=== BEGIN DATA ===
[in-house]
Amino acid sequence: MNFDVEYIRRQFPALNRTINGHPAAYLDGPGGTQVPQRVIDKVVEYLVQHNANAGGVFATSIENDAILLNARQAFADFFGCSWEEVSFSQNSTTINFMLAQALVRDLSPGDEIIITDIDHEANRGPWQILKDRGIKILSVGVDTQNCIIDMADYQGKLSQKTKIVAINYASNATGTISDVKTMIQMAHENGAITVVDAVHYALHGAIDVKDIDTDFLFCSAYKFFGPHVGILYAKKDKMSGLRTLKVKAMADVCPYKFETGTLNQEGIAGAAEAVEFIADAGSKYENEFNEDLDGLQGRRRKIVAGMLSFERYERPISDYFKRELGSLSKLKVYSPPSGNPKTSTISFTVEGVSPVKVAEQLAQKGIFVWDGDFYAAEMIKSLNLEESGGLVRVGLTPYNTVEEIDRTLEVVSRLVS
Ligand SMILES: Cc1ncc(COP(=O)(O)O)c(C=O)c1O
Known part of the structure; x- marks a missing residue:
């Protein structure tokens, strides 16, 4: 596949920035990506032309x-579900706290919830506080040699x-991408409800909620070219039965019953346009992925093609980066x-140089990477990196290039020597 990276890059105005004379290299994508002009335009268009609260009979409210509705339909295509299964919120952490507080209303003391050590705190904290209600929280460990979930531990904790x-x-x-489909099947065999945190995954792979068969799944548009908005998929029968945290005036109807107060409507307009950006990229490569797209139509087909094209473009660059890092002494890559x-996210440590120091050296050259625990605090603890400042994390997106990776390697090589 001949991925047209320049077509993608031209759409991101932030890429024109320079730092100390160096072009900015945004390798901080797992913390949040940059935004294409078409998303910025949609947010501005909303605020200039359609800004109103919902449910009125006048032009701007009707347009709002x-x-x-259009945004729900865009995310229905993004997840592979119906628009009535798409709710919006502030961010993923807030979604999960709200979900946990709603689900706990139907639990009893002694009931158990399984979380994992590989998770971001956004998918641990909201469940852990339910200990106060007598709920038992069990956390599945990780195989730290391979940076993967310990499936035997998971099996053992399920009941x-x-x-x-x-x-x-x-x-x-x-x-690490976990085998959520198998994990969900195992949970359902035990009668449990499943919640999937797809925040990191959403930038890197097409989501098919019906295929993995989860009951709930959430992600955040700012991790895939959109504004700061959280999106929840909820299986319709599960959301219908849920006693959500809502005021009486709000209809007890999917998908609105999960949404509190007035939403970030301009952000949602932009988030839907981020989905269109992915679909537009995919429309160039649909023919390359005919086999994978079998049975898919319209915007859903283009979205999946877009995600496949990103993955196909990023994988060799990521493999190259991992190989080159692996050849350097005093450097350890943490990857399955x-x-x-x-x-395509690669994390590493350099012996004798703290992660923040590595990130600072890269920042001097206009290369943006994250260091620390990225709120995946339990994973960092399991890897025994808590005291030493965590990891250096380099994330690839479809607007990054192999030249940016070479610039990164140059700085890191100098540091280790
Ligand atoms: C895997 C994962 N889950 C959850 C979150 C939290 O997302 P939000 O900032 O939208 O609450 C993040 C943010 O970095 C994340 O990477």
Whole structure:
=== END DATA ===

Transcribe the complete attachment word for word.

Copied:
[in-house]
Amino acid sequence: MNFDVEYIRRQFPALNRTINGHPAAYLDGPGGTQVPQRVIDKVVEYLVQHNANAGGVFATSIENDAILLNARQAFADFFGCSWEEVSFSQNSTTINFMLAQALVRDLSPGDEIIITDIDHEANRGPWQILKDRGIKILSVGVDTQNCIIDMADYQGKLSQKTKIVAINYASNATGTISDVKTMIQMAHENGAITVVDAVHYALHGAIDVKDIDTDFLFCSAYKFFGPHVGILYAKKDKMSGLRTLKVKAMADVCPYKFETGTLNQEGIAGAAEAVEFIADAGSKYENEFNEDLDGLQGRRRKIVAGMLSFERYERPISDYFKRELGSLSKLKVYSPPSGNPKTSTISFTVEGVSPVKVAEQLAQKGIFVWDGDFYAAEMIKSLNLEESGGLVRVGLTPYNTVEEIDRTLEVVSRLVS
Ligand SMILES: Cc1ncc(COP(=O)(O)O)c(C=O)c1O
Known part of the structure; x- marks a missing residue:
């Protein structure tokens, strides 16, 4: 596949920035990506032309x-579900706290919830506080040699x-991408409800909620070219039965019953346009992925093609980066x-140089990477990196290039020597 990276890059105005004379290299994508002009335009268009609260009979409210509705339909295509299964919120952490507080209303003391050590705190904290209600929280460990979930531990904790x-x-x-489909099947065999945190995954792979068969799944548009908005998929029968945290005036109807107060409507307009950006990229490569797209139509087909094209473009660059890092002494890559x-996210440590120091050296050259625990605090603890400042994390997106990776390697090589 001949991925047209320049077509993608031209759409991101932030890429024109320079730092100390160096072009900015945004390798901080797992913390949040940059935004294409078409998303910025949609947010501005909303605020200039359609800004109103919902449910009125006048032009701007009707347009709002x-x-x-259009945004729900865009995310229905993004997840592979119906628009009535798409709710919006502030961010993923807030979604999960709200979900946990709603689900706990139907639990009893002694009931158990399984979380994992590989998770971001956004998918641990909201469940852990339910200990106060007598709920038992069990956390599945990780195989730290391979940076993967310990499936035997998971099996053992399920009941x-x-x-x-x-x-x-x-x-x-x-x-690490976990085998959520198998994990969900195992949970359902035990009668449990499943919640999937797809925040990191959403930038890197097409989501098919019906295929993995989860009951709930959430992600955040700012991790895939959109504004700061959280999106929840909820299986319709599960959301219908849920006693959500809502005021009486709000209809007890999917998908609105999960949404509190007035939403970030301009952000949602932009988030839907981020989905269109992915679909537009995919429309160039649909023919390359005919086999994978079998049975898919319209915007859903283009979205999946877009995600496949990103993955196909990023994988060799990521493999190259991992190989080159692996050849350097005093450097350890943490990857399955x-x-x-x-x-395509690669994390590493350099012996004798703290992660923040590595990130600072890269920042001097206009290369943006994250260091620390990225709120995946339990994973960092399991890897025994808590005291030493965590990891250096380099994330690839479809607007990054192999030249940016070479610039990164140059700085890191100098540091280790
Ligand atoms: C895997 C994962 N889950 C959850 C979150 C939290 O997302 P939000 O900032 O939208 O609450 C993040 C943010 O970095 C994340 O990477």
Whole structure: